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#1 Nanette

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Posted 01 May 2016 - 04:35 AM

What feed are you all using? We have been mixing Wild Blue, fresh meat, and a lower level grain free brand. Our milk cow is almost to the point of giving too much, so we will add that in also. The dogs look and act healthy with no skin issues and lots of muscles! Just checking in and looking to hear what you all are feeding. :*)



#2 LakeGirl

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Posted 01 May 2016 - 05:31 AM

We're feeding Kaposia Supreme Source grain free salmon meal and sweet potato recipe kibble. I also make large batches of home made chicken soup and beef stew for us, and when I do that, I make a separate batch for the dog without any onion, garlic salt or pepper in it. The chicken soup is a bone broth recipe, meaning that after the chicken has cooked, the meat is removed and the bones and cartilage go back in the pot with a little vinegar or lemon juice to simmer for another 4 hours to get all of the minerals and nutrients. Then the bones are removed, the broth strained to be sure no small bone pieces remain, and the diced meat, carrots, peas, celery and brown rice are added back in and simmered until tender. Then I freeze it in serving size containers. She gets either beef stew or chicken soup over the kibble about 4 days a week, the other days she gets about 1/2 cup of plain kefir over the kibble, sometimes with a raw egg whipped in. This is all fine by our vet. It is important to moisten the kibble with something, or the dog's digestive system has to pull moisture in from elsewhere in its body to aid digestion. Two excellent books...Pukka's Promise, and The Royal Treatment. At one year, Kaposia is also well muscled with no skin problems and a shiny coat.
"A life ain't much of a life without a dog in it, s'what I always said."
Dan Gemeinhart, The Honest Truth

#3 Allison

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Posted 01 May 2016 - 10:00 AM

Sitka gets a raw (blanched) diet.  Meat, veggies (cans are easy), and egg.  Switch it up with various meats, stocks, and leftovers. I actually worked it out to be cheaper than packaged dog food.

 

I make his meals while I work on ours.  He's very healthy and happy. Although he gets a 1/2lb of meat a day, the volume of poop is much less than kibble.  To me, that is a big plus. We share snacks, but still he does not vary much in weight, maintaining a lean 36lbs.  Neither does he beg at the table. He knows we won't forget him.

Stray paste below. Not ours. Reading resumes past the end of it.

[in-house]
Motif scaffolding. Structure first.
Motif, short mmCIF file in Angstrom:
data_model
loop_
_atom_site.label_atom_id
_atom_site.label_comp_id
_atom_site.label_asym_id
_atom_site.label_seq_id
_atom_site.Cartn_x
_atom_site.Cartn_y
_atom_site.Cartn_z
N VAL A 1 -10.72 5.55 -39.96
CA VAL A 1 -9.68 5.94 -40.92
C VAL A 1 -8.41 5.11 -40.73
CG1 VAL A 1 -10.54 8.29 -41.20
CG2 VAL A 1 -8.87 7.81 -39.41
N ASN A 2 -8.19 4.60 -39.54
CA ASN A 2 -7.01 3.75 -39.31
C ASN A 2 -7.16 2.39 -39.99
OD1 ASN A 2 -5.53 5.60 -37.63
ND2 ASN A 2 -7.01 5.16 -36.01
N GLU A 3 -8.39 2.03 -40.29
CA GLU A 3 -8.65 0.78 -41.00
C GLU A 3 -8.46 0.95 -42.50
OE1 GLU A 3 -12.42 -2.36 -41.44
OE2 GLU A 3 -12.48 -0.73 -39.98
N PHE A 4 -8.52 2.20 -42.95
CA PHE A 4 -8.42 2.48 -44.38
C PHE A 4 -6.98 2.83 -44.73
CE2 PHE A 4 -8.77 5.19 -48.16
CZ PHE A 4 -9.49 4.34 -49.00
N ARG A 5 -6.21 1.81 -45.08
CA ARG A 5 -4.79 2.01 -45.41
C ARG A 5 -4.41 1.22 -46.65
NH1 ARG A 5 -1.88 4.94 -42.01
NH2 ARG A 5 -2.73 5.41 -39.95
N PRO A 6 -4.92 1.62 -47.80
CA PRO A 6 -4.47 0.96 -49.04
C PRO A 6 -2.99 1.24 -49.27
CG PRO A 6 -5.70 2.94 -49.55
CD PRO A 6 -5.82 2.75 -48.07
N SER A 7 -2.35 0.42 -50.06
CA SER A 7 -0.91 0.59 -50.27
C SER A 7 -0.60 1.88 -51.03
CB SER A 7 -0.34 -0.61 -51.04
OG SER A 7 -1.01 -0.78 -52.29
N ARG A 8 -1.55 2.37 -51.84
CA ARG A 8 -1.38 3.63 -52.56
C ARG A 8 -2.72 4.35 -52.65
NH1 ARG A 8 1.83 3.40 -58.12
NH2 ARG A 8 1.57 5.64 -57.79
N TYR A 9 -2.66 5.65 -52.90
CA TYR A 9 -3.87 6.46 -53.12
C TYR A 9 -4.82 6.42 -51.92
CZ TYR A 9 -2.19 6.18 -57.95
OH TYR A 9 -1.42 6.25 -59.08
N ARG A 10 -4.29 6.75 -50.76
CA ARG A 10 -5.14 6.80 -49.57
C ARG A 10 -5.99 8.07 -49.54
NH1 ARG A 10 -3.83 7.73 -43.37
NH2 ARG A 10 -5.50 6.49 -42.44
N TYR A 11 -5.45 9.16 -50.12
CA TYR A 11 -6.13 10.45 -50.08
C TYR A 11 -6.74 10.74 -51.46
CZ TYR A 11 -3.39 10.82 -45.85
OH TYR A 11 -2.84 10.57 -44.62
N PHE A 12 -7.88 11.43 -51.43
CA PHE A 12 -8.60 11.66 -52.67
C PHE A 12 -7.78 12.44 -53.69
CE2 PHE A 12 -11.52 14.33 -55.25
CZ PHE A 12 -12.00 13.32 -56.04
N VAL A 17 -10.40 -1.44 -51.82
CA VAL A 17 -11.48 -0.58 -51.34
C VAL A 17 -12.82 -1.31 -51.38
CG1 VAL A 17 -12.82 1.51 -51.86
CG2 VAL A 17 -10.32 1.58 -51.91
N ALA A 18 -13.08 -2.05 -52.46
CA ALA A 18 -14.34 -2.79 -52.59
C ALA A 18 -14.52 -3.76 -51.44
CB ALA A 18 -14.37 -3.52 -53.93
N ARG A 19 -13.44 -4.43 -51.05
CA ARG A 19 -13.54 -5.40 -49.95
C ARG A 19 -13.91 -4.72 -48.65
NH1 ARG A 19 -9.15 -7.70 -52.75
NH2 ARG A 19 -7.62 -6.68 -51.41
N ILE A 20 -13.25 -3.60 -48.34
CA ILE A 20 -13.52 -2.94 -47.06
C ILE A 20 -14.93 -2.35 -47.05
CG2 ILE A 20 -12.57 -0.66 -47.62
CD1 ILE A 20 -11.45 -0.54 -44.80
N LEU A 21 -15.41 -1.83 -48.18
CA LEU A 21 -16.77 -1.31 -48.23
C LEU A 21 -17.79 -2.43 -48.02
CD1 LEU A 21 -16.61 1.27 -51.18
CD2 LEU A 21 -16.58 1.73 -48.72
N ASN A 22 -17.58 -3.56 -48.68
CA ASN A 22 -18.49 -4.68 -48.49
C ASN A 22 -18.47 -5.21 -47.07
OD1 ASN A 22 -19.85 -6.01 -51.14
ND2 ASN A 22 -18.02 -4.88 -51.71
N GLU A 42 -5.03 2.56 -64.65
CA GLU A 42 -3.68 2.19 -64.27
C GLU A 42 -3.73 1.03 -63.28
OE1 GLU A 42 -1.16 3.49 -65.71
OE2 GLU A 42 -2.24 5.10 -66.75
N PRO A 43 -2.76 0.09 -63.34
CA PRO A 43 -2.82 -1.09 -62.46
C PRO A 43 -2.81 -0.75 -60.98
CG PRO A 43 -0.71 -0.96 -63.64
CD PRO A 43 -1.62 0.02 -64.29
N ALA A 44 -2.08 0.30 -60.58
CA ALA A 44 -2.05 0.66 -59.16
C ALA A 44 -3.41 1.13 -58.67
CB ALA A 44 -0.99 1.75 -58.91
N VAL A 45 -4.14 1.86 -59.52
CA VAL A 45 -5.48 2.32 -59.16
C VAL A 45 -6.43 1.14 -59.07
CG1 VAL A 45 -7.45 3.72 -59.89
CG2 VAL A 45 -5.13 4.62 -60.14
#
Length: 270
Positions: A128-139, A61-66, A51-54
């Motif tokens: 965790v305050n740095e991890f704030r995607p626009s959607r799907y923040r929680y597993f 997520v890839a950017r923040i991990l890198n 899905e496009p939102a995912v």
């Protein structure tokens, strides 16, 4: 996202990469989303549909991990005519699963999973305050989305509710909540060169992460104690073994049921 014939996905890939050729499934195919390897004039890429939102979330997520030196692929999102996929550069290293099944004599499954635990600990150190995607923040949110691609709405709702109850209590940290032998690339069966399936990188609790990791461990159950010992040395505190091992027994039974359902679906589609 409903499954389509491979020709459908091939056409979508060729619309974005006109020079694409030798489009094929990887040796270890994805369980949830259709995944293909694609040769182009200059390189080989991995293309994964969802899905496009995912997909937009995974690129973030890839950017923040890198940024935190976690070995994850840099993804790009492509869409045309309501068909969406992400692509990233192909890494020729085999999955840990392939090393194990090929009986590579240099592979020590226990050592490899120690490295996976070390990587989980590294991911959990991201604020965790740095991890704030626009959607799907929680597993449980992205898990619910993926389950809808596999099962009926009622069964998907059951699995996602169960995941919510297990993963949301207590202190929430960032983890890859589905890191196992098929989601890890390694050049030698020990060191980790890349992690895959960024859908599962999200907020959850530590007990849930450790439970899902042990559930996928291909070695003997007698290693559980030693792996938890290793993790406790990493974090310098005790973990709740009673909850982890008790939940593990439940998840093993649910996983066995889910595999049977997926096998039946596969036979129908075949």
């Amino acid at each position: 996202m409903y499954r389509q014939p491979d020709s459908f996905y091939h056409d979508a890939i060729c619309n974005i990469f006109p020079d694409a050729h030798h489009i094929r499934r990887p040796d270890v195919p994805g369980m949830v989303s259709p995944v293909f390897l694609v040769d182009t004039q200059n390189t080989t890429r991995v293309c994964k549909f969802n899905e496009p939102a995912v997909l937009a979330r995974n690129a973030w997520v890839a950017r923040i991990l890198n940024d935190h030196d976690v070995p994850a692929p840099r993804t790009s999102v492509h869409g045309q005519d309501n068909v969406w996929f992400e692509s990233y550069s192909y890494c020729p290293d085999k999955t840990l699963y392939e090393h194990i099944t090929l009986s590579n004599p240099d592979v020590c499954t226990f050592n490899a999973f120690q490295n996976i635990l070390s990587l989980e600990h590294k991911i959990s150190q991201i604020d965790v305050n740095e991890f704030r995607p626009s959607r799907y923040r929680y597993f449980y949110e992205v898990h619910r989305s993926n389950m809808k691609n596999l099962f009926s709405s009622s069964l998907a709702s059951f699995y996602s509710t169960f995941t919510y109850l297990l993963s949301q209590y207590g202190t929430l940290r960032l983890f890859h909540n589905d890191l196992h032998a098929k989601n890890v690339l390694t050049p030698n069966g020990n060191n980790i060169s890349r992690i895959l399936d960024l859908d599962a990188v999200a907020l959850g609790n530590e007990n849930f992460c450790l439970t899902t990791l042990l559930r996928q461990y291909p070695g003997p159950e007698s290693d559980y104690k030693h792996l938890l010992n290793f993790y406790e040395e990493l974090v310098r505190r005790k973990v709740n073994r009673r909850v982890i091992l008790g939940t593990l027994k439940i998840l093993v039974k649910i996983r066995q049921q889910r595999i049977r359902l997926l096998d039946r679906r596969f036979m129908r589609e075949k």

Sitka is very good at prewashing pans. I appreciate this now more than ever, as water becomes scarce.

 

Also don't have kids, so it seems easy.


One could argue that evolution suggests were not idiots, but I would say, Well, no. Evolution just makes sure were not blithering idiots."

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#4 Carolyn

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Posted 01 May 2016 - 02:53 PM

Ayita has been eating Taste of the Wild (Salmon) kibble since Kim recommended it when we picked her up 2 1/2 years ago. We don't supplement her food except for a little natural, unsalted peanut butter for special treats. She is very strong and healthy with a shiny coat and consistent poop. She has never had diarrhea. Since she has never really had "people" food, she doesn't beg for it. Boring but works for us  :P ...


"When Man waked up he said, 'What is Wild Dog doing here?' and the Woman said, 'His name is not Wild Dog any more, but the First Friend, because he will be our friend for always and always and always.' "  Rudyard Kipling (The Jungle Book) 

#5 Allison

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Posted 01 May 2016 - 04:02 PM

I like your quote, too.


One could argue that evolution suggests were not idiots, but I would say, Well, no. Evolution just makes sure were not blithering idiots."

--David Dunning

#6 Sherab

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Posted 02 May 2016 - 04:53 AM